BlackBerry is acknowledging its current crisis in an open letter scheduled to appear in many newspapers this week.
“You can continue to count on BlackBerry,” that letter insists. “We have substantial cash on hand and a balance sheet that is debt free.” The company is restructuring, it continued, “with a goal to cut our expenses by 50 percent in order to run a very efficient, customer-oriented organization.” (In the meantime, the company continues to bleed cash—something the letter doesn’t state.)
As part of this attempt to “set the record straight,” the letter goes on to make the following points: that BlackBerry 10 is a “best in class productivity tool,” that BlackBerry devices and backend infrastructure offer “best in class security,” that its BlackBerry Enterprise Service 10 server platform is gaining customers, and that BlackBerry Messenger remains the best option for mobile communications.
BlackBerry 10 is certainly a polished operating system—BlackBerry spent years developing the underlying software, and did its level best to release something capable of competing against Google Android and Apple’s iOS. But even the best features in the world are useless if nobody buys the devices that run them—and nobody’s buying BlackBerry 10 devices.
That lack of sales recently forced BlackBerry to take a $960 million write-down on unsold inventory. Over the past three years, according to research firm Gartner, BlackBerry’s share of the overall smartphone market has collapsed from 55.3 percent to 2.7 percent. While BlackBerry 10 is comparable to the operating systems built by Google and Apple, it doesn’t boast anything so unique it would make iPhone and Android users abandon their devices en masse.
A similar issue plagues BlackBerry’s security. At one point in time, BlackBerry really did represent the best in mobile security. But nothing in technology stays static for very long, and both Apple and Google, with an eye on business users’ loyalty and dollars, have worked diligently to boost their respective operating systems’ security (which is why security-conscious organizations such as the Department of Defense now allow iPhones and some Android devices onto their networks). It’s also possible—although obviously not confirmed by the U.S. government—that the NSA has cracked BlackBerry security along with that of all the other smartphones on the market. In other words, while BlackBerry is secure, it’s not the only game in town—and certainly not the sort of competitive differentiator that could persuade a major enterprise to abandon a BYOD policy in favor of returning to BlackBerry’s fold.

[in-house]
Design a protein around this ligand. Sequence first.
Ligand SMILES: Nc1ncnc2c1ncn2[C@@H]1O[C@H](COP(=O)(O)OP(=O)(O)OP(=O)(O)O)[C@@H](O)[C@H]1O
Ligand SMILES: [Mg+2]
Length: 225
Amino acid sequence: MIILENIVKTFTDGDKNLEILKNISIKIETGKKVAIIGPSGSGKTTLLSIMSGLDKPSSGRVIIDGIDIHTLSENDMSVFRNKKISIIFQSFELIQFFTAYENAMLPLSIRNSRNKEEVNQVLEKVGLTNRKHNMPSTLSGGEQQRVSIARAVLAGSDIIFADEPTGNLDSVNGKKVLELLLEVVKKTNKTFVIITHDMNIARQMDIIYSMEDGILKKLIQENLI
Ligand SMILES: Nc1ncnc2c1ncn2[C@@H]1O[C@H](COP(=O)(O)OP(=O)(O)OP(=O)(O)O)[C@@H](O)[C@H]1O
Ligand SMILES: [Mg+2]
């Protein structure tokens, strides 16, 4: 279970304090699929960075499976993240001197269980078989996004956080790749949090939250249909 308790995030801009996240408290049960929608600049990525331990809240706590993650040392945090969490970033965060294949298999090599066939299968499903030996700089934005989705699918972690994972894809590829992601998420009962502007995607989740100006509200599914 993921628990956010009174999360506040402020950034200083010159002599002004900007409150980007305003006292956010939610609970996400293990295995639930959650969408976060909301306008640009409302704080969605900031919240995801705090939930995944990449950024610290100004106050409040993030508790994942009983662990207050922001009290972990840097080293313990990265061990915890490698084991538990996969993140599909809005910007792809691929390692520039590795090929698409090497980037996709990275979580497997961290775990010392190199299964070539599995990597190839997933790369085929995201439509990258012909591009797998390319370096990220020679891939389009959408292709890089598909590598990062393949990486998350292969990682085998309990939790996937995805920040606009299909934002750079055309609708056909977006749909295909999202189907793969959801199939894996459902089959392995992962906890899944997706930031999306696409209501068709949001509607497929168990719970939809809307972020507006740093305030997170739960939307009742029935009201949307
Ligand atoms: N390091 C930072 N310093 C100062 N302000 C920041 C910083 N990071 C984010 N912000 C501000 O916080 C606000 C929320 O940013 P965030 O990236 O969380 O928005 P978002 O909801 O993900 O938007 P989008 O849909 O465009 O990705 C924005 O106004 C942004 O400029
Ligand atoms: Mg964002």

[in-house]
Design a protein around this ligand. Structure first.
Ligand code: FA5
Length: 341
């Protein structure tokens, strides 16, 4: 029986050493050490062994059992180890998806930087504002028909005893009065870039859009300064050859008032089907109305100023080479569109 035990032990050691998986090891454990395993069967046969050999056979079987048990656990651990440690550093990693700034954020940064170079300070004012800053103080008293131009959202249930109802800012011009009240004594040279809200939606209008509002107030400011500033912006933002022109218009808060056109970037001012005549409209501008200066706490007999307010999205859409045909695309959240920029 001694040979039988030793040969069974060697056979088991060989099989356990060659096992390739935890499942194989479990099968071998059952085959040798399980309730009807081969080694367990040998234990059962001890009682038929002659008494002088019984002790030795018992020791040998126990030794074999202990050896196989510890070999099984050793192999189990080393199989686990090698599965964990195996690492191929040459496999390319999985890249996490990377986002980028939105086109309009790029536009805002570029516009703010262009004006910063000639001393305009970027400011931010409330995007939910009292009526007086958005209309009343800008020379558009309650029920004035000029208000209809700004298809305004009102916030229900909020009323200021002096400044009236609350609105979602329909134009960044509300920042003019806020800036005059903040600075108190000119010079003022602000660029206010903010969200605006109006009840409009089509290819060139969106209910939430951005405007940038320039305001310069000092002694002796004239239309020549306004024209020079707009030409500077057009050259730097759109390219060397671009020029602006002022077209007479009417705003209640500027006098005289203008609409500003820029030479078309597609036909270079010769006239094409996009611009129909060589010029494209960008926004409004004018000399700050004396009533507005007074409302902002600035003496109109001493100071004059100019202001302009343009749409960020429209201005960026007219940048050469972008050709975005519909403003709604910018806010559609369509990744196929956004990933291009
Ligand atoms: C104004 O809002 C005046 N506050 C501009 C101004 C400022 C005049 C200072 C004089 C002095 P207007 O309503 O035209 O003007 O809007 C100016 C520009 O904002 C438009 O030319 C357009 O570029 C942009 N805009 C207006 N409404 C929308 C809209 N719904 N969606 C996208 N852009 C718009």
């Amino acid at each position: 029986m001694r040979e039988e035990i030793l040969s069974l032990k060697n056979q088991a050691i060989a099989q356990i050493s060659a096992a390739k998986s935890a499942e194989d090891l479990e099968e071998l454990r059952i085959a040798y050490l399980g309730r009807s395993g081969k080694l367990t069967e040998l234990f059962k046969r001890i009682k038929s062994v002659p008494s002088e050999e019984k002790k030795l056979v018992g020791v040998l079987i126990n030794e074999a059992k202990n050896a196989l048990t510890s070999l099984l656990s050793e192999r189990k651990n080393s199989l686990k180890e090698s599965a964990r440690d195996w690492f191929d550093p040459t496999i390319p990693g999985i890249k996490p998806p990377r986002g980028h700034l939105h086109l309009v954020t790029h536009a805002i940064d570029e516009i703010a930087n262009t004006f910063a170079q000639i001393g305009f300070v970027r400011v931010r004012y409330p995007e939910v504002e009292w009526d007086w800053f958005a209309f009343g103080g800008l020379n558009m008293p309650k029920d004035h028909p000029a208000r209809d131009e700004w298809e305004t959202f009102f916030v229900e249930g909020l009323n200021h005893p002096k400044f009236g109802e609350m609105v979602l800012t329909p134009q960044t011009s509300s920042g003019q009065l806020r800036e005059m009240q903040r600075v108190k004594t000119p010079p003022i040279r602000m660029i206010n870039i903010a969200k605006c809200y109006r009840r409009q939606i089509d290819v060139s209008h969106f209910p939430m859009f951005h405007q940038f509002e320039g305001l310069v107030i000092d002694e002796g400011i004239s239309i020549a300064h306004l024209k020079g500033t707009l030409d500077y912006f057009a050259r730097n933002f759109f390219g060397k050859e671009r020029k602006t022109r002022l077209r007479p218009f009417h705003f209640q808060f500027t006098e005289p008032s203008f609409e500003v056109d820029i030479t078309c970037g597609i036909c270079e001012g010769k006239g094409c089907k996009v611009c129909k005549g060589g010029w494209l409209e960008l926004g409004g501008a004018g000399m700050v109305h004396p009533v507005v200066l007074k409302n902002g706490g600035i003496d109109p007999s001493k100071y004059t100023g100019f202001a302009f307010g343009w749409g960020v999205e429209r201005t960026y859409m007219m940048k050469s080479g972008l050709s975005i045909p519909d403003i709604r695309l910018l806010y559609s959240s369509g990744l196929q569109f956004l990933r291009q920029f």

BlackBerry also uses the open letter to promote BlackBerry Messenger as the best-in-class mobile social network, and the platform does have a lot of happy users; but as the company itself acknowledges, it’s not the only option (by far) for those who want to swap messages. Indeed, by porting BBM to iOS and Android, BlackBerry removed a competitive differentiator from its own portfolio in favor of a broader customer base.
But BlackBerry’s self-defense may soon become a moot point: A recent Bloomberg report suggested that the company could end up sold for parts.
In September, a consortium led by financial-holding company Fairfax Financial indicated that it would acquire BlackBerry for $4.7 billion. That announcement came on the heels of BlackBerry’s Board of Directors announcing that the search for a potential acquirer was underway. According to Bloomberg, however, Fairfax Financial may prove unable to scrape together all those billions, and companies approached as potential acquirers—including Cisco and SAP—are reportedly interested only in some parts of BlackBerry’s business.